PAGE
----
Pope John Paul II’s essential teachings from his famous Theology of the Body lectures have sparked worldwide discussion in circles ranging from academia to church small groups. That these lectures have influenced such a wide array of believers—both Protestant and Catholic—says much about the universal message of John Paul II’s critical theology for all mankind.
Why do we have physical bodies? What does our sexuality say about the God who created us? What does it mean that we were “made in God’s image,” and how can a “resurrection of the body” be possible? John Paul II’s teachings seek to create a theology centered on what we know about the human body. These seven books will help you dig deeper into the theology of the body and discern what it means for you.
In the Logos Bible Software edition, these books connect to your whole library, cross-referencing other works in your library as often as those works are cited. Scripture references appear on mouseover in your favorite translation, and searching for key terms, such as “Trinity” or “resurrection,” is as fast as a click.
Man and Woman He Created Them is John Paul II’s seminal work on the bodily dimension of human identity, sexuality, marriage, and celibacy. First written while he was Archbishop of Kraków, then later revised and delivered as a series of catecheses after he became pope, this work was called “theology of the body” by John Paul II himself. In his momentous teaching, John Paul II has left us the core of his great vision, focused on the mystery of love extending from the Trinity, through Christ’s spousal relation with the Church, to the concrete bodies of men and women. With keen insight into the modern “split” between the person and the body, he presents an integral image of the human person, one rooted in Sacred Scripture and the Church’s living tradition.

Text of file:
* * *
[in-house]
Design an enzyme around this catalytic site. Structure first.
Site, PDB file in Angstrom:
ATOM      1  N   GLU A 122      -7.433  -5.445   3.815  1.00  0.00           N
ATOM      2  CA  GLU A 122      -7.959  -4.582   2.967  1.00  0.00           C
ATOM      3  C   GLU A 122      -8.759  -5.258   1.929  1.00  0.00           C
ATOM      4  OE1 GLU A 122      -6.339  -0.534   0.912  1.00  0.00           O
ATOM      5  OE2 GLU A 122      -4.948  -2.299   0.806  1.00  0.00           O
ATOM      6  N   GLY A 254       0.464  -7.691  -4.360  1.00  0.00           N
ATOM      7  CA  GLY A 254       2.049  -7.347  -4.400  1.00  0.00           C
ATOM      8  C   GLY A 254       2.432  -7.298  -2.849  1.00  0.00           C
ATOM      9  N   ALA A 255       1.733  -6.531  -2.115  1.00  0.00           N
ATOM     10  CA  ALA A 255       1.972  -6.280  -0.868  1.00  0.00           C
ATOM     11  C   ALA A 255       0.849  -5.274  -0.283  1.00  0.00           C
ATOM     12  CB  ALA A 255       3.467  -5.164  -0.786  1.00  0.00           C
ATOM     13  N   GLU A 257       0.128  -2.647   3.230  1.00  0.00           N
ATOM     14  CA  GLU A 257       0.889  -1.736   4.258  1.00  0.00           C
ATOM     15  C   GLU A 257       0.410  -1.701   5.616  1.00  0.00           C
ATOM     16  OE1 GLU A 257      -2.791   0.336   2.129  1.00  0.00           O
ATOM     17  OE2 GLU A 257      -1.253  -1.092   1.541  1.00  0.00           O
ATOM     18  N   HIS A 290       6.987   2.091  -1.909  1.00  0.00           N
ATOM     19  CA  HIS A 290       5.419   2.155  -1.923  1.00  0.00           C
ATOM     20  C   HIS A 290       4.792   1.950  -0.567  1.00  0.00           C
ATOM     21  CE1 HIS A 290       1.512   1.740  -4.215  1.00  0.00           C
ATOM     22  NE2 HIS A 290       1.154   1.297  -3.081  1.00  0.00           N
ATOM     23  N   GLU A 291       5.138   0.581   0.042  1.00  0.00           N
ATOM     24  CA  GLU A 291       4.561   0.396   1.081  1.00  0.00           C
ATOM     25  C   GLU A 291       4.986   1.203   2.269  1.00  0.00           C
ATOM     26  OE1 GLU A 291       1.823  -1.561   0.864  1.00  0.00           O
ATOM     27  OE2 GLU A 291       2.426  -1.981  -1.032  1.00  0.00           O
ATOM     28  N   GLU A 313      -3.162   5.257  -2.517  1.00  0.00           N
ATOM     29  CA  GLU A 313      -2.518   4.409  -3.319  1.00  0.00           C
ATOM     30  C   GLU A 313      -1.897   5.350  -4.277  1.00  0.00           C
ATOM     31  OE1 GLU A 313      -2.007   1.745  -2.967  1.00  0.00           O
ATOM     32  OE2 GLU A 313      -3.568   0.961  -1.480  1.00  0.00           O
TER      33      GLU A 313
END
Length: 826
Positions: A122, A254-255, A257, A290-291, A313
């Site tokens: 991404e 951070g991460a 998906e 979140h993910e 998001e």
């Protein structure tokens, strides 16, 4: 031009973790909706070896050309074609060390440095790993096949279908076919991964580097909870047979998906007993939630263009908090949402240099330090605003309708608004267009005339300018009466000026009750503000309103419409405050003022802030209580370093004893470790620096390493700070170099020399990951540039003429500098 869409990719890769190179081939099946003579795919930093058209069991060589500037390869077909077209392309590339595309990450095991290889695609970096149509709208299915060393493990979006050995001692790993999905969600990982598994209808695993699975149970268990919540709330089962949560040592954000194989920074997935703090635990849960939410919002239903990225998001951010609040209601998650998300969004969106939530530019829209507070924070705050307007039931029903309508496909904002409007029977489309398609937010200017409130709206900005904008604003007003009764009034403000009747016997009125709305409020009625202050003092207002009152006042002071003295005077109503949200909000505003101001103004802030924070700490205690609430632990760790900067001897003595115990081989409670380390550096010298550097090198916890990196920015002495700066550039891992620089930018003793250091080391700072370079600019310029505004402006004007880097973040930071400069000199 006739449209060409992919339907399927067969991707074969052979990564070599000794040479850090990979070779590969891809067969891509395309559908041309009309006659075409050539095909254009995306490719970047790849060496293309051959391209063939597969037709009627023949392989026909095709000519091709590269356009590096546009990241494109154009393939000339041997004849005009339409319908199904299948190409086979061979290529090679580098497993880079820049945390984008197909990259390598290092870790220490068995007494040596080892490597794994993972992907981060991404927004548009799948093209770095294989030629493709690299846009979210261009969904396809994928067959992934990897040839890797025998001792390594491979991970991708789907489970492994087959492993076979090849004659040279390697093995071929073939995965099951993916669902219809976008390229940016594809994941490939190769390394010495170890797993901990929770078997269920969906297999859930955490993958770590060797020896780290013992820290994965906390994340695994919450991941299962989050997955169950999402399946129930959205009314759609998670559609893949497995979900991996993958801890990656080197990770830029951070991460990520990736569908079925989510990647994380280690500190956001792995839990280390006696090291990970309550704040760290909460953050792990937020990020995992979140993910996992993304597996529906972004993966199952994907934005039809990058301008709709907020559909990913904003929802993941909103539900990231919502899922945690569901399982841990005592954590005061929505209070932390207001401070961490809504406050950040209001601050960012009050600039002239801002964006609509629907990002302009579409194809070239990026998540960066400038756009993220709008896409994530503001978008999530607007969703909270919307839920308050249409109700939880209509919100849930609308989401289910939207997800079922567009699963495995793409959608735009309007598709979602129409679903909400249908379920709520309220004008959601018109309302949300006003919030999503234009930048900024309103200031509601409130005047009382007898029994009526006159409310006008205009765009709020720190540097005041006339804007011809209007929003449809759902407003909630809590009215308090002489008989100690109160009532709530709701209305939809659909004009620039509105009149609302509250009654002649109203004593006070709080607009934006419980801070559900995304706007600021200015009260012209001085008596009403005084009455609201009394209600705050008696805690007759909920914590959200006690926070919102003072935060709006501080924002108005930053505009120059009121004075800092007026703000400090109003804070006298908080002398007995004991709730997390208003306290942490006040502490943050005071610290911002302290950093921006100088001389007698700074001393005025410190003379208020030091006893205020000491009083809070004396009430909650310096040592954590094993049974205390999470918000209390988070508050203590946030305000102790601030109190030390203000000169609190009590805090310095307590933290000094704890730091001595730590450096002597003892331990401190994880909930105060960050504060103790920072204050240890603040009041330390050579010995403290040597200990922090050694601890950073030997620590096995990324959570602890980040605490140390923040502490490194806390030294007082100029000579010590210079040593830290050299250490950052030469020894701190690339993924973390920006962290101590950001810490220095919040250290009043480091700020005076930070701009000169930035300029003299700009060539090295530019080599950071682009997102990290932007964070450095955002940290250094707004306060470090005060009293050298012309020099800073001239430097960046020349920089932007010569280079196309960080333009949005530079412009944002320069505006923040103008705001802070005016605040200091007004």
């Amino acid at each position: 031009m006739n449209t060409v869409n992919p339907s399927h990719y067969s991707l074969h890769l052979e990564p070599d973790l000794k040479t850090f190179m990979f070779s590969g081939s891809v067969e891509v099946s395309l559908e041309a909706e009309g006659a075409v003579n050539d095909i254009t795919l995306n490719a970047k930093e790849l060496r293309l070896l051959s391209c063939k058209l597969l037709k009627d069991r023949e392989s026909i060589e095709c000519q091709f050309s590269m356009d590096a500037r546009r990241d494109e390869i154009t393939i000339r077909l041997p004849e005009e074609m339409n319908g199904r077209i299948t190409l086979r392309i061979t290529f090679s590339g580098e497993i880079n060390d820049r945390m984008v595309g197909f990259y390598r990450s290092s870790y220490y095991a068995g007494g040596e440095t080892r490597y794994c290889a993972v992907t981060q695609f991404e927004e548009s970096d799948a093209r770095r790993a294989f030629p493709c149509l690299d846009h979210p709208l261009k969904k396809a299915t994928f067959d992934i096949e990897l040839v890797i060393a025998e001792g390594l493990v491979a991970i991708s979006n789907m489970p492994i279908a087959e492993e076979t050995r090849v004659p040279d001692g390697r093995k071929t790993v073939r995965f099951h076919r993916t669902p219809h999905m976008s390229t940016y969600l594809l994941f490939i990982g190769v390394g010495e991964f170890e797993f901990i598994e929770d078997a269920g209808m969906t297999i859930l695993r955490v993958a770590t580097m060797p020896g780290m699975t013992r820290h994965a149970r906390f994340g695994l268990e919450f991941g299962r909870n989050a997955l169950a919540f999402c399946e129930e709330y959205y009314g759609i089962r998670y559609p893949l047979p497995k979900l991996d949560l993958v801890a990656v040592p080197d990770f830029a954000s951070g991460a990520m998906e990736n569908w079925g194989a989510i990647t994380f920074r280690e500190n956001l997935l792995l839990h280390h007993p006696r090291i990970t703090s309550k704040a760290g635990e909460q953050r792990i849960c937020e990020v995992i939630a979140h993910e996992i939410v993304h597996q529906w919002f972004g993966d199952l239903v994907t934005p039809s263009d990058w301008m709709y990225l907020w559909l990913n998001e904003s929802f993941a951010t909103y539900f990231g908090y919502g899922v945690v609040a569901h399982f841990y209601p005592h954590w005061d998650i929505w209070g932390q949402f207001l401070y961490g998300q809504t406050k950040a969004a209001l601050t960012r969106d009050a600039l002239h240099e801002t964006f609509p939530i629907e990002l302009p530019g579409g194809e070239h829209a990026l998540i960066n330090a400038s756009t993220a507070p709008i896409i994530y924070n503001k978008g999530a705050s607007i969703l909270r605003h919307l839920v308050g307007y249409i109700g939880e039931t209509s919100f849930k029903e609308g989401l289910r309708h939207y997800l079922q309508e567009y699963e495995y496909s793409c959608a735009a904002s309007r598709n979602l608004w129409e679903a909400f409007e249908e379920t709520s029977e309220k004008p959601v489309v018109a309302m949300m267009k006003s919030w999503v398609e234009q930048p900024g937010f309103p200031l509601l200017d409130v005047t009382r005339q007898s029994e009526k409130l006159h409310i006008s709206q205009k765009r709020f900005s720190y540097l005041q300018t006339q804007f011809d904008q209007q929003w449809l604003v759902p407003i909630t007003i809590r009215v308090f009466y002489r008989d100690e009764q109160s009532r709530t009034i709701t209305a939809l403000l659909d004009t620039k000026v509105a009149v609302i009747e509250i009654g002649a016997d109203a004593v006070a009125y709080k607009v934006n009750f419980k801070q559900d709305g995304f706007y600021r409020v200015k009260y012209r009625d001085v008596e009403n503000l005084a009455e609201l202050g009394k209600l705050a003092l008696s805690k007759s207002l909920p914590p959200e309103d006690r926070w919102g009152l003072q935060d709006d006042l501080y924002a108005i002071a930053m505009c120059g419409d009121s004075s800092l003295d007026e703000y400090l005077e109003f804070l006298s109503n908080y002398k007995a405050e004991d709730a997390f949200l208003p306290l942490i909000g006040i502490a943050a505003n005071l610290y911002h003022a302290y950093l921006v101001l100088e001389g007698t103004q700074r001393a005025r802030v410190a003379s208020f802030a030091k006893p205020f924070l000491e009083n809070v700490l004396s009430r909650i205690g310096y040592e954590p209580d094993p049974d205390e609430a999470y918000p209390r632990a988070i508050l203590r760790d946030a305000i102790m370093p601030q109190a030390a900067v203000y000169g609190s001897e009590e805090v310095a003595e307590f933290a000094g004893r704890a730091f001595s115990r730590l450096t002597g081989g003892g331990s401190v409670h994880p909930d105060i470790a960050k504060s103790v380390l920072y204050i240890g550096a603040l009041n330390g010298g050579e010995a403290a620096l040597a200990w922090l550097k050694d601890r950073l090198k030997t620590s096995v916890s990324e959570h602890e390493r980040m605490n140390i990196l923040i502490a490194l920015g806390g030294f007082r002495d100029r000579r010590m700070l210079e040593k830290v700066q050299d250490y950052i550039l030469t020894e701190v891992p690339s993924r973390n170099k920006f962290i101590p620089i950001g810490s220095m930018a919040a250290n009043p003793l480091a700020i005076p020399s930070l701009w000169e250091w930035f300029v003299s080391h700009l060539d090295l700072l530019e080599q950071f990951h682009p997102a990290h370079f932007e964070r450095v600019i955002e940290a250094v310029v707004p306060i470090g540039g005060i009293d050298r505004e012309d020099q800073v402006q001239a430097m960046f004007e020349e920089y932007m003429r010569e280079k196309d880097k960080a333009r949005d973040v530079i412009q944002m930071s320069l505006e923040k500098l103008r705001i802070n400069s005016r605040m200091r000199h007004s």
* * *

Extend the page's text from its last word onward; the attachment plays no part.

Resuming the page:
This translation of the pope’s work, prepared by biblical scholar Michael Waldstein, allows us to enter into John Paul II’s profound vision. With the inclusion of material previously unpublished in English, and the rediscovery of John Paul II’s own headings for the work, the reader is able to follow the pope’s thought with clarity and confidence.
Complete with a comprehensive introduction, translator’s footnotes, and detailed index, this edition has been crafted with the kind of insight that builds more than 20 years of scholarship on John Paul II’s great gift to the Church.